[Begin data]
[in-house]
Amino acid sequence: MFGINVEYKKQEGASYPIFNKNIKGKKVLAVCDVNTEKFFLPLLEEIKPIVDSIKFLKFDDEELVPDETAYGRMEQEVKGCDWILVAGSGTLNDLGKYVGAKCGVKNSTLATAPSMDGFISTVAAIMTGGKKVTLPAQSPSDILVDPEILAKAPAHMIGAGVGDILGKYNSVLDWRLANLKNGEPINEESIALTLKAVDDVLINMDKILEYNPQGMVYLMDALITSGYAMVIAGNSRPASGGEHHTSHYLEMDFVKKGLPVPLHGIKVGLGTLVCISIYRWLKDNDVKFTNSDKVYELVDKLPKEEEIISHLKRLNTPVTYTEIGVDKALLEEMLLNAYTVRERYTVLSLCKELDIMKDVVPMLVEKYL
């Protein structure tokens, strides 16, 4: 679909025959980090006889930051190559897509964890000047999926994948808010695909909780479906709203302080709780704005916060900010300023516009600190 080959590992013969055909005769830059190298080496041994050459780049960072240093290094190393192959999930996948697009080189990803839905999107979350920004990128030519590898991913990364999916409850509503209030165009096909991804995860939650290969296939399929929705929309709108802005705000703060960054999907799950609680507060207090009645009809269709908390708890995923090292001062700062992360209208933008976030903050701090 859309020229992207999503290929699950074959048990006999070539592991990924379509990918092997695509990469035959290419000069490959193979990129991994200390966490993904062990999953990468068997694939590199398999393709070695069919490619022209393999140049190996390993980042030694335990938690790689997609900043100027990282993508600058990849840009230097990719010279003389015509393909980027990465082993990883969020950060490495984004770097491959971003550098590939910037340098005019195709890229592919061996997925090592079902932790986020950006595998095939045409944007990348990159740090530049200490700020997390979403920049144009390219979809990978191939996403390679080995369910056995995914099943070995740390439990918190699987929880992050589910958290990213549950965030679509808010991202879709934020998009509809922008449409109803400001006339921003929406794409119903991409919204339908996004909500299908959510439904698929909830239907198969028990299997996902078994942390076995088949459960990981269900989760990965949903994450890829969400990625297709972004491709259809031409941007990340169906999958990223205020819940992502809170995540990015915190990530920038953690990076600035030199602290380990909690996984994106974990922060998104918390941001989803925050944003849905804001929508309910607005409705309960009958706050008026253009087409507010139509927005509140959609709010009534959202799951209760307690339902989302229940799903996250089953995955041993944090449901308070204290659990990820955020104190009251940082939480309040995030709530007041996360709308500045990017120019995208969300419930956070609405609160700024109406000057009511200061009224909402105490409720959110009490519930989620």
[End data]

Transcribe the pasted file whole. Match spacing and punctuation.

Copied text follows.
[in-house]
Amino acid sequence: MFGINVEYKKQEGASYPIFNKNIKGKKVLAVCDVNTEKFFLPLLEEIKPIVDSIKFLKFDDEELVPDETAYGRMEQEVKGCDWILVAGSGTLNDLGKYVGAKCGVKNSTLATAPSMDGFISTVAAIMTGGKKVTLPAQSPSDILVDPEILAKAPAHMIGAGVGDILGKYNSVLDWRLANLKNGEPINEESIALTLKAVDDVLINMDKILEYNPQGMVYLMDALITSGYAMVIAGNSRPASGGEHHTSHYLEMDFVKKGLPVPLHGIKVGLGTLVCISIYRWLKDNDVKFTNSDKVYELVDKLPKEEEIISHLKRLNTPVTYTEIGVDKALLEEMLLNAYTVRERYTVLSLCKELDIMKDVVPMLVEKYL
């Protein structure tokens, strides 16, 4: 679909025959980090006889930051190559897509964890000047999926994948808010695909909780479906709203302080709780704005916060900010300023516009600190 080959590992013969055909005769830059190298080496041994050459780049960072240093290094190393192959999930996948697009080189990803839905999107979350920004990128030519590898991913990364999916409850509503209030165009096909991804995860939650290969296939399929929705929309709108802005705000703060960054999907799950609680507060207090009645009809269709908390708890995923090292001062700062992360209208933008976030903050701090 859309020229992207999503290929699950074959048990006999070539592991990924379509990918092997695509990469035959290419000069490959193979990129991994200390966490993904062990999953990468068997694939590199398999393709070695069919490619022209393999140049190996390993980042030694335990938690790689997609900043100027990282993508600058990849840009230097990719010279003389015509393909980027990465082993990883969020950060490495984004770097491959971003550098590939910037340098005019195709890229592919061996997925090592079902932790986020950006595998095939045409944007990348990159740090530049200490700020997390979403920049144009390219979809990978191939996403390679080995369910056995995914099943070995740390439990918190699987929880992050589910958290990213549950965030679509808010991202879709934020998009509809922008449409109803400001006339921003929406794409119903991409919204339908996004909500299908959510439904698929909830239907198969028990299997996902078994942390076995088949459960990981269900989760990965949903994450890829969400990625297709972004491709259809031409941007990340169906999958990223205020819940992502809170995540990015915190990530920038953690990076600035030199602290380990909690996984994106974990922060998104918390941001989803925050944003849905804001929508309910607005409705309960009958706050008026253009087409507010139509927005509140959609709010009534959202799951209760307690339902989302229940799903996250089953995955041993944090449901308070204290659990990820955020104190009251940082939480309040995030709530007041996360709308500045990017120019995208969300419930956070609405609160700024109406000057009511200061009224909402105490409720959110009490519930989620």